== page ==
In fatal accident litigation, the plaintiffs are entitled to claim an amount that is sufficient to allow them to maintain the same standard of living as they had enjoyed when the deceased had been alive. In practice, this requires that the court calculate the percentage of the deceased’s after-tax income that would have benefited the survivors directly. In Canada, this percentage is called the dependency rate, and most experts conclude that the dependency rate of one member of a couple is approximately 70 percent of the deceased spouse’s (after-tax) income.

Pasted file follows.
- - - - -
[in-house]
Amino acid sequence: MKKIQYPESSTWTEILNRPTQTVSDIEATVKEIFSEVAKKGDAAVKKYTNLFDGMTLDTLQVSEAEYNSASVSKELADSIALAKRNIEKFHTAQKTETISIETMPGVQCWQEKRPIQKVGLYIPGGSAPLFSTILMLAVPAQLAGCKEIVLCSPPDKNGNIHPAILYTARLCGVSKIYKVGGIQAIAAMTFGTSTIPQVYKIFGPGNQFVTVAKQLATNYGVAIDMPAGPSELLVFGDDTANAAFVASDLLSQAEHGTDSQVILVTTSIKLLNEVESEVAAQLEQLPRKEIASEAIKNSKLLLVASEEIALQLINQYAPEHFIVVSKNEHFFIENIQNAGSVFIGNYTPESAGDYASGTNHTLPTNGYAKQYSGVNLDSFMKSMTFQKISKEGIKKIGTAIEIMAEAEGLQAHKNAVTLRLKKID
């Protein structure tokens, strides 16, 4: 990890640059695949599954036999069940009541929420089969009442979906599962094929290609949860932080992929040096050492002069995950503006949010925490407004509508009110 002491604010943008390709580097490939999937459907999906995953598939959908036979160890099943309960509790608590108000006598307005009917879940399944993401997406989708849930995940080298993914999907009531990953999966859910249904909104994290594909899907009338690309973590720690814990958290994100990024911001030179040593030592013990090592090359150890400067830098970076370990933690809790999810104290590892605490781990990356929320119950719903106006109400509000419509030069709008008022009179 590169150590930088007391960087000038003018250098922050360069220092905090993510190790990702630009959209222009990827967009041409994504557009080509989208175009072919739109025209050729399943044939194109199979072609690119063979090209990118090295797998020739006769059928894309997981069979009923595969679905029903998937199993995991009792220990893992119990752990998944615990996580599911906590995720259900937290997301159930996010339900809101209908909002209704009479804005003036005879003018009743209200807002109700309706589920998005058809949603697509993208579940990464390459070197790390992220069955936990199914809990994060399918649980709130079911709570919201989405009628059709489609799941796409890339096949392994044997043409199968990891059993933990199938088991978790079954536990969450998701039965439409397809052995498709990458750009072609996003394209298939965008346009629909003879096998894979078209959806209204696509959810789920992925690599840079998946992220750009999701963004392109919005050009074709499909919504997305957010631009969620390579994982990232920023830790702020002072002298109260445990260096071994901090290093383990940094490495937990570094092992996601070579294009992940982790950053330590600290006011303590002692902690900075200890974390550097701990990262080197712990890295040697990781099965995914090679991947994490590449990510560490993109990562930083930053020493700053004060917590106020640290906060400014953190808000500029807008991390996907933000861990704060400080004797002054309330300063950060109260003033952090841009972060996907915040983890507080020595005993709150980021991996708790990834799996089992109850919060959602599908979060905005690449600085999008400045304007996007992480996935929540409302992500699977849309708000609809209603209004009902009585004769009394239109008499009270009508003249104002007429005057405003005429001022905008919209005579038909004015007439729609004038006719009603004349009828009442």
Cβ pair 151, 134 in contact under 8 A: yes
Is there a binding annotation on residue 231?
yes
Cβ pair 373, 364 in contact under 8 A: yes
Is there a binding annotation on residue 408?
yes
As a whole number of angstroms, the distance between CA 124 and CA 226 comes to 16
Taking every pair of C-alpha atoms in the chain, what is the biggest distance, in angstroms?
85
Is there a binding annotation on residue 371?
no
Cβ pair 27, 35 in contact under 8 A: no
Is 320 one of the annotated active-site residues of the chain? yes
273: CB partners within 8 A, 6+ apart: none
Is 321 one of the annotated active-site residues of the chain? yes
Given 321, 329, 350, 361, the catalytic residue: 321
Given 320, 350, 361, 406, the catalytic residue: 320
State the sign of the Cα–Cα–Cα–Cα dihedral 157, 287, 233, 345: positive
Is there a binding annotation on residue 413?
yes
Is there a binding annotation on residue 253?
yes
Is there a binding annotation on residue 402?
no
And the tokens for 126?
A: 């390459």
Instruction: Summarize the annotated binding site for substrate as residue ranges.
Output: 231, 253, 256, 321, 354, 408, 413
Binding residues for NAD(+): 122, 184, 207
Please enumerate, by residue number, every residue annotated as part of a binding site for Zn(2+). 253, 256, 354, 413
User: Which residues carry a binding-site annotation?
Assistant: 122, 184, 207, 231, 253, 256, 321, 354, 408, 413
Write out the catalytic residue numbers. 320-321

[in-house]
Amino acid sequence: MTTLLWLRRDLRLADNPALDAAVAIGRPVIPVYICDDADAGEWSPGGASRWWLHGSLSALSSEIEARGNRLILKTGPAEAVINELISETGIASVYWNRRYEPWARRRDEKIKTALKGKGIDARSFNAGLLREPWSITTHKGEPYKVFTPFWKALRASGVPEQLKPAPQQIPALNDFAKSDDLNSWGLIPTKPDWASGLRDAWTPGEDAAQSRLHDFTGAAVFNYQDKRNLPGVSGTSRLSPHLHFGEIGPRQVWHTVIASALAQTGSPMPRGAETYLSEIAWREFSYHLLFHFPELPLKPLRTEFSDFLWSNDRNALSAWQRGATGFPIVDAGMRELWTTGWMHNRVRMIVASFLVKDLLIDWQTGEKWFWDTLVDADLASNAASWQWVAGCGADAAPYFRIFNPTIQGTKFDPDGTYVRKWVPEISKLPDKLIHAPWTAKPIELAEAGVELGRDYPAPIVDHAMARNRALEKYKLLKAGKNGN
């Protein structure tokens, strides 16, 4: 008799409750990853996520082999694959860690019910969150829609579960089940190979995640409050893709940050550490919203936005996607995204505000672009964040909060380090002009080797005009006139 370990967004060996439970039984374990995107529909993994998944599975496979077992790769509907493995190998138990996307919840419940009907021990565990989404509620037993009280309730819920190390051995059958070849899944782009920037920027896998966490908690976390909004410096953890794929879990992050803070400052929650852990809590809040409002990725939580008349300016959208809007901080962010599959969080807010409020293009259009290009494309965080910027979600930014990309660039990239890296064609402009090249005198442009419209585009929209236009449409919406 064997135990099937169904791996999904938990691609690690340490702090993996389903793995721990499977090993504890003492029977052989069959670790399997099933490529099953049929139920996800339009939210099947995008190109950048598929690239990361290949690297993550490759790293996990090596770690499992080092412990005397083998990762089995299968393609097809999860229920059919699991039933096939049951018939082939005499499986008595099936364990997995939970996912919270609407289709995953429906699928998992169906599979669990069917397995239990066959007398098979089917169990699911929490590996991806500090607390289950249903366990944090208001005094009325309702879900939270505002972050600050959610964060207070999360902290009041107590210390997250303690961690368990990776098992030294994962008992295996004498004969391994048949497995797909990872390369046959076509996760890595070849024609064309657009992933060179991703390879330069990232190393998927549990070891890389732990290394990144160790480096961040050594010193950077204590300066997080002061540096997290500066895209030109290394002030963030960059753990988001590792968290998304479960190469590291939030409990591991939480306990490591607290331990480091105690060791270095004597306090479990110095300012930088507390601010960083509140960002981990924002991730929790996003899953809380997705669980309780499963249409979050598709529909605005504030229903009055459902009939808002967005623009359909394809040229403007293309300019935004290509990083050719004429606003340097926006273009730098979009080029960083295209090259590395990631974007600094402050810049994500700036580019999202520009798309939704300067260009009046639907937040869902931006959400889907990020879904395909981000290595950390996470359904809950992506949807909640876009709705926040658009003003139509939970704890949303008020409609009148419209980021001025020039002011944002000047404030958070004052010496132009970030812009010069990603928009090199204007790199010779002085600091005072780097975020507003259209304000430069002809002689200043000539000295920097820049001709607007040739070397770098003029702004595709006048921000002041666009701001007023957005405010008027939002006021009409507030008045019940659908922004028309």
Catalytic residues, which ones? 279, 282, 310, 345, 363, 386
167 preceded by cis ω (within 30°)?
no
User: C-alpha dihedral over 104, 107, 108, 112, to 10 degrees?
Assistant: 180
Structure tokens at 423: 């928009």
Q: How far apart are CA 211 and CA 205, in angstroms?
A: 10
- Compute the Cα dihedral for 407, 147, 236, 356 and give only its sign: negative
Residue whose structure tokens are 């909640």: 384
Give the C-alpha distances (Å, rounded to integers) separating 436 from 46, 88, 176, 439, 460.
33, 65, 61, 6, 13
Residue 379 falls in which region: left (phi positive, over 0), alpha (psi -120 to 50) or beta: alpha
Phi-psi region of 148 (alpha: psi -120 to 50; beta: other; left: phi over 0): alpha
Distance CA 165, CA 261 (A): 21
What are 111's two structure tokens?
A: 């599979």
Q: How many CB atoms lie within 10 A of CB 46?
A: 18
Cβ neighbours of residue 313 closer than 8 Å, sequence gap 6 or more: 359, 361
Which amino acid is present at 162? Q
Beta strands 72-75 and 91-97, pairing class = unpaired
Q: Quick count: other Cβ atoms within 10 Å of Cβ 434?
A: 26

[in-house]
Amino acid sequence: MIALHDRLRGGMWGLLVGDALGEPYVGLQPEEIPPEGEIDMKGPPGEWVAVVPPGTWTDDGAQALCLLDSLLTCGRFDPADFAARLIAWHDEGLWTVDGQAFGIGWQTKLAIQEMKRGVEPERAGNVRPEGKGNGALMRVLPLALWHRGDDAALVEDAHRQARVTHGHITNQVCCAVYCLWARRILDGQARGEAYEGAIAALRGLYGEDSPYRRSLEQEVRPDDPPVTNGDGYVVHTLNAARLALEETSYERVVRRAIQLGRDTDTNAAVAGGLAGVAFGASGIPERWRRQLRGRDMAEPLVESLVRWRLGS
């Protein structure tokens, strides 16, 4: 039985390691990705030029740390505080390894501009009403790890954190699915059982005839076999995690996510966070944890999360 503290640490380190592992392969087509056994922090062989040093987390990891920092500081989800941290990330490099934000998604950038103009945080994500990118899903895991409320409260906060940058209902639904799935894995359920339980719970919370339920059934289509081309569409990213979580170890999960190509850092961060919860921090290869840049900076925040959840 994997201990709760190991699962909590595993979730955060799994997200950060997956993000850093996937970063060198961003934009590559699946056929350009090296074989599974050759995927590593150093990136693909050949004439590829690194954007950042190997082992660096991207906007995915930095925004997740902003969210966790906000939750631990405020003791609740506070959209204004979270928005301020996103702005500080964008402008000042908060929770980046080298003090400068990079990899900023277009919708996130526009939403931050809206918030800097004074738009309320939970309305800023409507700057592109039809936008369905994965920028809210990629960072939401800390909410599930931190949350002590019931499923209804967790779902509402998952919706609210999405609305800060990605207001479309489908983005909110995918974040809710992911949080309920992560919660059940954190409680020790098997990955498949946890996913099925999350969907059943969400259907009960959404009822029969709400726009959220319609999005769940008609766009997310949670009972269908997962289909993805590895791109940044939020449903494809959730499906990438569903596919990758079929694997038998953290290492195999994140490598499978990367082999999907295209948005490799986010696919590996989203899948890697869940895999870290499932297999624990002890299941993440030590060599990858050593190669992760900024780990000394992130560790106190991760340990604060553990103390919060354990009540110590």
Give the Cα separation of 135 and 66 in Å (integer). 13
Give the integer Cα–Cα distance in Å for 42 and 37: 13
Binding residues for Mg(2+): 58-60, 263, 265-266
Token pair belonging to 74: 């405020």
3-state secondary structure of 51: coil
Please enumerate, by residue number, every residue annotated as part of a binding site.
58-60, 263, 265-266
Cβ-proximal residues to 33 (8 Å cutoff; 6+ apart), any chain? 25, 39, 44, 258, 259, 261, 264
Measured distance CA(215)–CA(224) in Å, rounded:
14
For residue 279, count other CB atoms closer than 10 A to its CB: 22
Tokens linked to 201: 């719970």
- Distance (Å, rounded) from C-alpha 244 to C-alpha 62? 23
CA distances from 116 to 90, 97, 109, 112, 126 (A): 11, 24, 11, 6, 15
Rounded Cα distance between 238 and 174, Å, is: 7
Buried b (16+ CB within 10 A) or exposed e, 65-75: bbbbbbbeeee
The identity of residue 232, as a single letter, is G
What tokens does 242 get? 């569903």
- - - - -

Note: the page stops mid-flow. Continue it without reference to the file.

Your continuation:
- In this issue, we examine whether or not the dependency rate increases or decreases as family income increases (or decreases). In particular, some experts have argued that the survivor’s dependency decreases as the deceased’s income increases. For example, whereas the widow of a man with low income might need, say, 80 percent of his income in order to be left in the same financial state as if he had lived, the widow of a wealthy man might need only 50 percent.
- In this article, we will show that the dependency rate does not differ significantly from the lowest to the highest quintiles.